Stories

The degraded stock market

Illustration of a seesaw with a giant dog on one side and a bunch of puppies on the other side
Illustration: Sarah Grillo/Axios

The stock market is getting worse at an accelerating pace, as is demonstrated by this week's Chewy filing.

Background: Chewy is the Pets.com of the current decade, except it's even frothier. Chewy lost more money last year than Pets.com did over its entire lifetime, and it's worth 10 times more than Pets.com ever was. Chewy is also being taken public by its current owner, PetSmart, which is struggling with the debt it took on to buy Chewy in 2017.

Be smart: The problem with the Chewy IPO filing is not that the valuation is high. Rather, it's that PetSmart's private-equity owners, primarily BC Partners, have decided that they're going to retain control of Chewy by giving their shares 10 times the voting rights of the shares being sold in the IPO.

  • Dual-class stock structures are popular to the point of ubiquity among the current crop of unicorns going public. Spotify, Lyft, Pinterest, Slack — all of them have given their founder-CEOs super-voting shares, just as Google and Facebook did before them. (The big exception, Uber, is going public with a single class of shares, entirely because its CEO is not its founder.)

It wasn't meant to be this way. In 2017, S&P Dow Jones Indices announced that no new companies would be admitted to the S&P 500 if they had a dual-class share structure. S&P 500 index funds are the best and most loyal long-term shareholders that any company can ever hope to have, and the hope was that the new rule would persuade companies to have just a single class of stock: one share, one vote.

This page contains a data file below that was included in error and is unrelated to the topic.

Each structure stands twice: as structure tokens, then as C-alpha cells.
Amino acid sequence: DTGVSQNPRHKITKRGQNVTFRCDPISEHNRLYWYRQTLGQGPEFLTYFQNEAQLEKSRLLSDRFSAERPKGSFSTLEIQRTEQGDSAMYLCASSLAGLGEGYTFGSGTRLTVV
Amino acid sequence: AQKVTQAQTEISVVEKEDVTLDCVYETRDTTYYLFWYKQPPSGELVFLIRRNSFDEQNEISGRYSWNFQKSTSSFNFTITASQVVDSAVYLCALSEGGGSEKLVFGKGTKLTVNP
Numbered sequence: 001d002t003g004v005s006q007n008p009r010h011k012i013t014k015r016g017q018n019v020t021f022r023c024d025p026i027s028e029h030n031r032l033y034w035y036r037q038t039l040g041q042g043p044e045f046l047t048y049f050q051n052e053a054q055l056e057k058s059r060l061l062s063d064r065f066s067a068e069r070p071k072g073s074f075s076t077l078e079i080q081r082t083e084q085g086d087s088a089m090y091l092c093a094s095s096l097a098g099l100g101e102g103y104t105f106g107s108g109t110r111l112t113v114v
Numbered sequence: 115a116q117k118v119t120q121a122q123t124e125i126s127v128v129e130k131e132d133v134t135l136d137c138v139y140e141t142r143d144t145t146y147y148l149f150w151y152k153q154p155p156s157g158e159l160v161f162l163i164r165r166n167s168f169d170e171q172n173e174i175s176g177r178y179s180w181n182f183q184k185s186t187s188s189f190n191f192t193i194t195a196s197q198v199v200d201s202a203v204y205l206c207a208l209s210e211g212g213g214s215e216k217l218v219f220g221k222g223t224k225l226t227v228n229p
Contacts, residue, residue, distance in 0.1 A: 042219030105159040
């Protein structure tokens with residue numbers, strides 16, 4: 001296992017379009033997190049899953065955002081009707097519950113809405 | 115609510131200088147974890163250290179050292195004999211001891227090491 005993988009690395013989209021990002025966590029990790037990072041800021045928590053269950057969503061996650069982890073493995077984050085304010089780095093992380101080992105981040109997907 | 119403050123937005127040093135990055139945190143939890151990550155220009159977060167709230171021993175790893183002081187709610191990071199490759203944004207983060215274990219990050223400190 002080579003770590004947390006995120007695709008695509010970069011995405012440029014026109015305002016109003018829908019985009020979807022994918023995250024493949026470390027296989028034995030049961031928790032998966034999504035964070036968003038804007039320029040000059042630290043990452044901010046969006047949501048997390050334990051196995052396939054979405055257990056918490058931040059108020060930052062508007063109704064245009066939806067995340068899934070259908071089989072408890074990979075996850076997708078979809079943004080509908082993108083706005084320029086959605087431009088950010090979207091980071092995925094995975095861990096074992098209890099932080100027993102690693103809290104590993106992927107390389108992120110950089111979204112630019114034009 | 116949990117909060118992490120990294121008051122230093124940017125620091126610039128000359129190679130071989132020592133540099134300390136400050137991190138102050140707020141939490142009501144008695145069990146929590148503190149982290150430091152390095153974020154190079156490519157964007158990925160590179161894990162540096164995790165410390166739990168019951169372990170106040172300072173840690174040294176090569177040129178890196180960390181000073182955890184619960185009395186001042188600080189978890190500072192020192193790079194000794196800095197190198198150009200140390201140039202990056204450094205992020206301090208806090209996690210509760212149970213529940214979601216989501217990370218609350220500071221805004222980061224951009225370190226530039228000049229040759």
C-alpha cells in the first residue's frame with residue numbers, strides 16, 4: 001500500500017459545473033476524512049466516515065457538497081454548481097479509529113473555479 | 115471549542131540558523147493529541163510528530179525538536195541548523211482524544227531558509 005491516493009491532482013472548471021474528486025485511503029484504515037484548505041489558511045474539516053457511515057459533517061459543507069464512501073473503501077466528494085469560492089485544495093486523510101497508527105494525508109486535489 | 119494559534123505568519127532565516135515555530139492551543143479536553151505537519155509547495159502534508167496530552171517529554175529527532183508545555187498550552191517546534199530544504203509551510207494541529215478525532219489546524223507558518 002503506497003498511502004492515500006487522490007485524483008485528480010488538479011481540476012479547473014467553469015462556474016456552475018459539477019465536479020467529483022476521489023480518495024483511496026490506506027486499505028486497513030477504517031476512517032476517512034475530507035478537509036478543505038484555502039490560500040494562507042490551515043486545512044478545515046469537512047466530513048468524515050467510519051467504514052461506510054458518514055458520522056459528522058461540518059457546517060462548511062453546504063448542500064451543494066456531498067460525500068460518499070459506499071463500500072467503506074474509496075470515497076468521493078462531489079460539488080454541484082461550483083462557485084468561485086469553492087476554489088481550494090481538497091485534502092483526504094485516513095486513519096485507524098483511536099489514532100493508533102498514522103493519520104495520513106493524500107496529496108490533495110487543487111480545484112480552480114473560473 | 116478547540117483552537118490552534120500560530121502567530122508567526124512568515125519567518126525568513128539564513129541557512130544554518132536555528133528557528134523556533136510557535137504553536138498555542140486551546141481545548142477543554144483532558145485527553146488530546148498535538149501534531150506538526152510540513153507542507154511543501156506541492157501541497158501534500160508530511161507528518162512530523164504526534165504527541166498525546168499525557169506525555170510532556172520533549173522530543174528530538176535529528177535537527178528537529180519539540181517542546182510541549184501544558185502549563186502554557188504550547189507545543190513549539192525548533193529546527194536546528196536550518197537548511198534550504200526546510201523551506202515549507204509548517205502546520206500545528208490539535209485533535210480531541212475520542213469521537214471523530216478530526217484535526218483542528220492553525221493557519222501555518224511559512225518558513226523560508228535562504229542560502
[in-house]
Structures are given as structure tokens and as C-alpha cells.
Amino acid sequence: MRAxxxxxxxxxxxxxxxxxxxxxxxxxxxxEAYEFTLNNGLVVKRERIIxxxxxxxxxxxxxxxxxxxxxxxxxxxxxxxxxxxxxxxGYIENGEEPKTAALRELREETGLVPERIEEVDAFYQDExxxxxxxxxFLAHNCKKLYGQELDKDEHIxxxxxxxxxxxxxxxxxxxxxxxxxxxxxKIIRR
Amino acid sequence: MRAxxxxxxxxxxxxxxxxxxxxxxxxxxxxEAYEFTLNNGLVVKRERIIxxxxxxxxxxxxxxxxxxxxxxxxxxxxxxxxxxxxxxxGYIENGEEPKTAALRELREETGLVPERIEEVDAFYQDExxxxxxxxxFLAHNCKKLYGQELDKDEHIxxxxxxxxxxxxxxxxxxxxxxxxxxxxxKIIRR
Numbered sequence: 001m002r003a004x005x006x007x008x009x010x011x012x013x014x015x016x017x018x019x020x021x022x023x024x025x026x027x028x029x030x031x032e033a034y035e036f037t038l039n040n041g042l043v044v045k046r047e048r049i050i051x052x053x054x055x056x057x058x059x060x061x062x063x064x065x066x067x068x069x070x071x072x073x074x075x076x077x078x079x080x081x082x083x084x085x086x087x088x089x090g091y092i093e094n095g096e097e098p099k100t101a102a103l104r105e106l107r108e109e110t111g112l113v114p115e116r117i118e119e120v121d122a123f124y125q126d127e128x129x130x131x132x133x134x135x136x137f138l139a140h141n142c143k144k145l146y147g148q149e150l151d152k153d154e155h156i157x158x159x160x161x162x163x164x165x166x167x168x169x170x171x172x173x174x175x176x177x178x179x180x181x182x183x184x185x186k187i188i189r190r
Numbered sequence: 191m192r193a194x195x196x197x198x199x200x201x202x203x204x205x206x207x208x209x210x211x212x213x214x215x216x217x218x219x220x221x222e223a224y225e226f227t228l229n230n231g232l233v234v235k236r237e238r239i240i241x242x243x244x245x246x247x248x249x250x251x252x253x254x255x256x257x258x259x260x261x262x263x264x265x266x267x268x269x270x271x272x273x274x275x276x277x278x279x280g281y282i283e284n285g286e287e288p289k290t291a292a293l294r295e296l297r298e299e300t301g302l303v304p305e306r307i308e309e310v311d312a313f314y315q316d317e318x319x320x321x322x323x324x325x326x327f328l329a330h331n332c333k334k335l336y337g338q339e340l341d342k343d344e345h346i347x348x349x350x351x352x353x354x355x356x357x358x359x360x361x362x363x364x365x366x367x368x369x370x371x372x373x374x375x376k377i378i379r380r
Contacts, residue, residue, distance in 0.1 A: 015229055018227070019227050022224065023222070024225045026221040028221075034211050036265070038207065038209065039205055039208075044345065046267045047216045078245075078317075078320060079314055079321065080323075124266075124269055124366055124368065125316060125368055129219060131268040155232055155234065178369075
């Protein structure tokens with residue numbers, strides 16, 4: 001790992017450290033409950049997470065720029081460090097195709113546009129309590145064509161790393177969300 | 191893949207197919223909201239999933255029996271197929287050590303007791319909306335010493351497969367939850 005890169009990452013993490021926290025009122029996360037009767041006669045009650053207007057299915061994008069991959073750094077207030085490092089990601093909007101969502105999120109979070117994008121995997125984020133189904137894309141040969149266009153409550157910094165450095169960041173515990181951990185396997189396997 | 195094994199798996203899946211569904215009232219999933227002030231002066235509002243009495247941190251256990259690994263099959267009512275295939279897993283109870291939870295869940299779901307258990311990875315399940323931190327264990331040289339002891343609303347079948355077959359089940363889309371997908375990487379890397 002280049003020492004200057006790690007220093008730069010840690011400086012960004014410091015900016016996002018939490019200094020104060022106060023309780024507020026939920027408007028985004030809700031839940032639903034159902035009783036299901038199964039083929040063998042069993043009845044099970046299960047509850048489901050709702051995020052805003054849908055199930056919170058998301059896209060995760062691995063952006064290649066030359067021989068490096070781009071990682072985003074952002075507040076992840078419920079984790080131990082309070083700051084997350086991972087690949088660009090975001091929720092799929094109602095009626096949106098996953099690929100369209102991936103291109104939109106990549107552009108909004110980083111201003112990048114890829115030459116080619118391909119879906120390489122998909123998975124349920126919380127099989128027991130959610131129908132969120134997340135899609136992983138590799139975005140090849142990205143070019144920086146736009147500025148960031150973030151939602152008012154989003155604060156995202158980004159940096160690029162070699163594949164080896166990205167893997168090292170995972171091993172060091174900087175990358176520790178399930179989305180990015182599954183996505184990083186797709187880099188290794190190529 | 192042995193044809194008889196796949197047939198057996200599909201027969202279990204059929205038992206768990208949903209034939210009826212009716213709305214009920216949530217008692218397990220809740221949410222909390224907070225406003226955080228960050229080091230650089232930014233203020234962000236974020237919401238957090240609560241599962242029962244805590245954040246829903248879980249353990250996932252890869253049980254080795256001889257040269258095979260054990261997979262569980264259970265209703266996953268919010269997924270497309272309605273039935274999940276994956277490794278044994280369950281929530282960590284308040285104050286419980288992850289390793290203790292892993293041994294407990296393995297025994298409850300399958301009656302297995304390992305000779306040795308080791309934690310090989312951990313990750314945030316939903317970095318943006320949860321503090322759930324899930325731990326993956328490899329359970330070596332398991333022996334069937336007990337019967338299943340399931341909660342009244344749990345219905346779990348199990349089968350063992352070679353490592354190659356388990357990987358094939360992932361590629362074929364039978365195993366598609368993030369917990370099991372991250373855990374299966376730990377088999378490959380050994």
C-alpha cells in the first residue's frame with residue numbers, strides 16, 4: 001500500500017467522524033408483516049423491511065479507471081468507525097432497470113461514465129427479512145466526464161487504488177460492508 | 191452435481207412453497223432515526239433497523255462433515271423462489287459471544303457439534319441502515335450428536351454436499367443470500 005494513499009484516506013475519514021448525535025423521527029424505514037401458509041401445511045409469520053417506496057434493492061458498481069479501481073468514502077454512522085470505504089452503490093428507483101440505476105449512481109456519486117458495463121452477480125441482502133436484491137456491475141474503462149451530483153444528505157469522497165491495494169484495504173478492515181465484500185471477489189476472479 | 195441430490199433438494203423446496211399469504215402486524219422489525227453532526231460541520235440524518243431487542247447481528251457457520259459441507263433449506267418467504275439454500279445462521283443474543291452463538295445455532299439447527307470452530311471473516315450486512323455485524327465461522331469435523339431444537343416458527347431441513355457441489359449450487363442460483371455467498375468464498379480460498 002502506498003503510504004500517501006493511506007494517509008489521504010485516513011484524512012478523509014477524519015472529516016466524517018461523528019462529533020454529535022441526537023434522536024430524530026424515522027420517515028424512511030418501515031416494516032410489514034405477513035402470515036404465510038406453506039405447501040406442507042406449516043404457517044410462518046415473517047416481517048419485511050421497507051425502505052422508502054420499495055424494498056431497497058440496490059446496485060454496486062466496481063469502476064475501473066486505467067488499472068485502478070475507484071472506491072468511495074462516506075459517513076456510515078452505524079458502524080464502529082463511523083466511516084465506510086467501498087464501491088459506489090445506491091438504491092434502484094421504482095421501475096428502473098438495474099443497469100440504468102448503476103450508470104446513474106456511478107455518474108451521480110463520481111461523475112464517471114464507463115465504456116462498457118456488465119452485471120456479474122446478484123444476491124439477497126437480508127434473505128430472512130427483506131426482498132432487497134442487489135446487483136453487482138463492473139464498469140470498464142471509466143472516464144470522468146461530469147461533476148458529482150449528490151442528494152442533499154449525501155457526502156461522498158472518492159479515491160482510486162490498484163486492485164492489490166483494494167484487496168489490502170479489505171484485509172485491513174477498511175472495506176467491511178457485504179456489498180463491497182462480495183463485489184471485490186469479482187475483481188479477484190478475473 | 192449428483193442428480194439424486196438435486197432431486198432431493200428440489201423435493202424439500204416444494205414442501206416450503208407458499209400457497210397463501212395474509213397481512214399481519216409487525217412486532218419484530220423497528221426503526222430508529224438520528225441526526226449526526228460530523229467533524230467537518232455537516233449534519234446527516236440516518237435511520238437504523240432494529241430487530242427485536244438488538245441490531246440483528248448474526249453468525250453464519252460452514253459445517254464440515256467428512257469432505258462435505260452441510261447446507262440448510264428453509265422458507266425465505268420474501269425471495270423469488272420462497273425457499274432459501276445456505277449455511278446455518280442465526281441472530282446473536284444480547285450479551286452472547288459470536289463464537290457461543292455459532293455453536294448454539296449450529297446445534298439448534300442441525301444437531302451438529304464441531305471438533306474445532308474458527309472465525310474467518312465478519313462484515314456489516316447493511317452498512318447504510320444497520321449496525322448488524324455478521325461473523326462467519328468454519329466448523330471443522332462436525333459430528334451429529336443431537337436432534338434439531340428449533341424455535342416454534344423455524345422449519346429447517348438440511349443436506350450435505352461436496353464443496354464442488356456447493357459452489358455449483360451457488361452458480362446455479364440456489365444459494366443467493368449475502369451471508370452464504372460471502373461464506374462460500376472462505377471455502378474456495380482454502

• The plan didn't work. Now, we're entering the worst of both worlds — one where a whole slew of multibillion-dollar companies are neither democratic nor included in the benchmark that almost every fund manager uses for the U.S. market.
  • The Chewy IPO is arguably the worst yet, because this decision is not about the founder retaining control. The founding CEO, Ryan Cohen, left the company after the sale to PetSmart, and he no longer owns any shares in Chewy. Rather than placing control in the hands of a product visionary, Chewy's structure places control in the hands of litigious financial engineers who are looking to exit with their own maximum profit.

Details: Chewy's own bankers are warning potential shareholders in its IPO prospectus that they might end up shortchanged.

  • In legalese: "The ability of PetSmart to privately sell its shares of our common stock, with no requirement for a concurrent offer to be made to acquire all of the shares of our Class A common stock that will be publicly traded hereafter, could prevent you from realizing any change-of-control premium on your shares."
  • Translated: PetSmart might be able to sell its controlling stake in Chewy at a premium, with public shareholders having no tag-along rights to sell at the same price.

The big picture: Since the passage of the Exchange Act of 1934, the public stock market has been supposed to be a level playing field. But as Judge Jed Rakoff recently ruled, "Anyone who thinks that the stock market is a level playing field obviously has no contact with reality." The balance of power lies with the private companies going public, who feel free to set whatever terms they like, no matter how much they tip the scales in favor of a select few. The fractured and greedy public stock exchanges seem powerless to stop them.